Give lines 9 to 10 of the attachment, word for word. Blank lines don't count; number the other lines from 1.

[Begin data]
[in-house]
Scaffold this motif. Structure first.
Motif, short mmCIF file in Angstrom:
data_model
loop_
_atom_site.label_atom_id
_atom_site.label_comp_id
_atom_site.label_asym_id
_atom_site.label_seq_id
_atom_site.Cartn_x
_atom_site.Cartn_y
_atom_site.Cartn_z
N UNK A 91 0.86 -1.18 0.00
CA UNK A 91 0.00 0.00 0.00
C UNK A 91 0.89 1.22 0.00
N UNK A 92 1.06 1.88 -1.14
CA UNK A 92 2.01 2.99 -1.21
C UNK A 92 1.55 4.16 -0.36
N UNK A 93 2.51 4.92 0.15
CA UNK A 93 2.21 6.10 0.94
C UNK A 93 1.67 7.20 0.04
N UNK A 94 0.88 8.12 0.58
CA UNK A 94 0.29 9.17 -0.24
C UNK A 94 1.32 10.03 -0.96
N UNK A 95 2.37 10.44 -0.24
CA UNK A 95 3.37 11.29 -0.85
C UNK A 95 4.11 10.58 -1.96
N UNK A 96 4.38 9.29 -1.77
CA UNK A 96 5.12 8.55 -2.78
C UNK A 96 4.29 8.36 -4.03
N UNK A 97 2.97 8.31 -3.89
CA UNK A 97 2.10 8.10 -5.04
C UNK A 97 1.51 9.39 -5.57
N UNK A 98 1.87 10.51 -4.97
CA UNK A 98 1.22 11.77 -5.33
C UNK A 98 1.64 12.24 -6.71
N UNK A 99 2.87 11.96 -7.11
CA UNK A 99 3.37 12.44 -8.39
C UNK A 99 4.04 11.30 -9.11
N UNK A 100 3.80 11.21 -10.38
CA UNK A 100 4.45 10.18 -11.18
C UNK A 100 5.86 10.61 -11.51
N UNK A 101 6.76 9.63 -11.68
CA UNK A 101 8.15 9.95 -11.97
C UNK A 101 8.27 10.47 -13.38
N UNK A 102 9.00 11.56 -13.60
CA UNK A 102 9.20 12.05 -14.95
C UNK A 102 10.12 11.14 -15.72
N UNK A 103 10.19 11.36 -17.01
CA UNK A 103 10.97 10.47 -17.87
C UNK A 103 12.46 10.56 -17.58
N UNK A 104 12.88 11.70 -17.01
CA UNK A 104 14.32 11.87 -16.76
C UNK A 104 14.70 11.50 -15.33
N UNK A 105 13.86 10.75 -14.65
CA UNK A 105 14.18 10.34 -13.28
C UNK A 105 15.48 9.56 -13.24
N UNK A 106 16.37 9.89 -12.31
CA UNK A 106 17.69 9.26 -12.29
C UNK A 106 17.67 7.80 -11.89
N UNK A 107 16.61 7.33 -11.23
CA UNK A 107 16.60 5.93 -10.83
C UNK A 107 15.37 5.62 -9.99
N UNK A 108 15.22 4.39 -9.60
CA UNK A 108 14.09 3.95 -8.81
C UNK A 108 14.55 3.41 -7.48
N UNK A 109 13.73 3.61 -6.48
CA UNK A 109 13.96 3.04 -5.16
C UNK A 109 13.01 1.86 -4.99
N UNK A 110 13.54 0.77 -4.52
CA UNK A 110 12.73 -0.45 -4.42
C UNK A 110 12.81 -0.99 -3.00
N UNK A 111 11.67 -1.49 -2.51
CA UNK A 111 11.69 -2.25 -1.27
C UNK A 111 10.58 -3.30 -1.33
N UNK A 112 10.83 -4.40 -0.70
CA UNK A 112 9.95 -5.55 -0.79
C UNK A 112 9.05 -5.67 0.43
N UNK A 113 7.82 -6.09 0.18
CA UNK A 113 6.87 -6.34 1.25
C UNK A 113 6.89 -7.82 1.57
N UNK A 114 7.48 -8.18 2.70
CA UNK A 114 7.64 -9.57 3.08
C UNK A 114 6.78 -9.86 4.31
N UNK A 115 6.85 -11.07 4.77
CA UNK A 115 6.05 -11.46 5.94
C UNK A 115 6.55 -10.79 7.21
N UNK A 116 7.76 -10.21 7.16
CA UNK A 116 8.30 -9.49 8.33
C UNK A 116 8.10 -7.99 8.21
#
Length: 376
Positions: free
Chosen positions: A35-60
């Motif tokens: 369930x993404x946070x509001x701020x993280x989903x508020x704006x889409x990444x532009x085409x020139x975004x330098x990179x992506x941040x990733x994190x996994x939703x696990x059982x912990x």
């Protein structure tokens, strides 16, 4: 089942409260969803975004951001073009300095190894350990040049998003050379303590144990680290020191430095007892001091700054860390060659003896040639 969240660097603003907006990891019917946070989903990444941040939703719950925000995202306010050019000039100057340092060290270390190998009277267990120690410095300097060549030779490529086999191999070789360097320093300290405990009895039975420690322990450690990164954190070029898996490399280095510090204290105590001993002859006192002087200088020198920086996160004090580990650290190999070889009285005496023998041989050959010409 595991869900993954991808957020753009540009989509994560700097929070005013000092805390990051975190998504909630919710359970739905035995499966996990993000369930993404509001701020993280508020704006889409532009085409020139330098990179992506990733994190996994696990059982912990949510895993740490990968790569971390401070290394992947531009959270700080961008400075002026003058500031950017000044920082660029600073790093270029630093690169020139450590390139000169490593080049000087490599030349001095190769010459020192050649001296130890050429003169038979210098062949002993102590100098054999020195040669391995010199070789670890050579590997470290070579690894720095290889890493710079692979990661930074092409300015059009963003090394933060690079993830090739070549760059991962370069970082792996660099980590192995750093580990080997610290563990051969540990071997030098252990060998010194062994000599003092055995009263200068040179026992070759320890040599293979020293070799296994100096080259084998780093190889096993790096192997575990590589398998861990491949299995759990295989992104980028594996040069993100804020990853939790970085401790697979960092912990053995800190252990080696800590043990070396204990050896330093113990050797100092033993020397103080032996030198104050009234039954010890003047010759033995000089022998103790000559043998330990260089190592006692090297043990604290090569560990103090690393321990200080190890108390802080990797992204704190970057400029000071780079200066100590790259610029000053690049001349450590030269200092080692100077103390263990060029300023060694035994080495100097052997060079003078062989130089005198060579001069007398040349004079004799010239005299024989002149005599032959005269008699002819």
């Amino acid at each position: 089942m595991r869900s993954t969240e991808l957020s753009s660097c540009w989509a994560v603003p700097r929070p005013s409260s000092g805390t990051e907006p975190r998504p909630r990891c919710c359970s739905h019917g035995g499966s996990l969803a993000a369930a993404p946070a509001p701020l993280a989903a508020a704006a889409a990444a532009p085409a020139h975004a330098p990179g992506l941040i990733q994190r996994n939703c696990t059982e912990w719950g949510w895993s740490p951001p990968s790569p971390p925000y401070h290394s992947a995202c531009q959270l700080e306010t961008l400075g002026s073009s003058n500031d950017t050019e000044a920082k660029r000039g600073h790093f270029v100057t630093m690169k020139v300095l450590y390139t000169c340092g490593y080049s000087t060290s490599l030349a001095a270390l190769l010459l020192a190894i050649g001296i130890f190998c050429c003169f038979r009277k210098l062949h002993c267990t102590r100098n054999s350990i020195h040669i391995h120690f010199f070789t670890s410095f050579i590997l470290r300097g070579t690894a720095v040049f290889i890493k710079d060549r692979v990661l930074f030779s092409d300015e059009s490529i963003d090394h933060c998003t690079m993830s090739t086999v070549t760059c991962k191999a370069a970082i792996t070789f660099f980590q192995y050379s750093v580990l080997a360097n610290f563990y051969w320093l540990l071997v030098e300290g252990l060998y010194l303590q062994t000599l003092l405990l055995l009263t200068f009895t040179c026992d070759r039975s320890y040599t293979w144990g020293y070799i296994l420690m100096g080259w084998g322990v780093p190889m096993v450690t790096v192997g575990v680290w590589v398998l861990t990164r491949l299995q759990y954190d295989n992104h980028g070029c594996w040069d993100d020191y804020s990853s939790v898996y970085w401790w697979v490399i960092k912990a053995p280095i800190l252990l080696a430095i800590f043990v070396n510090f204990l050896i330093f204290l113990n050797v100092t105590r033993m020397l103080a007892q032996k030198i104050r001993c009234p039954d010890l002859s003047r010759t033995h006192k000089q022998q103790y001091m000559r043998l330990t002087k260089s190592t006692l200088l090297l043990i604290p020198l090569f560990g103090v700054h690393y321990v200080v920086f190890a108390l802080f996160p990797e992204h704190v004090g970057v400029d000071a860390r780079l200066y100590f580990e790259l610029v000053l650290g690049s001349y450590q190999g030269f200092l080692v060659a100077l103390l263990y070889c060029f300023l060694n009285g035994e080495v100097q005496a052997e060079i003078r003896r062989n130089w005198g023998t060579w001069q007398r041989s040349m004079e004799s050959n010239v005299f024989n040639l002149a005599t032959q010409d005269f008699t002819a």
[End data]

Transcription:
_atom_site.label_seq_id
_atom_site.Cartn_x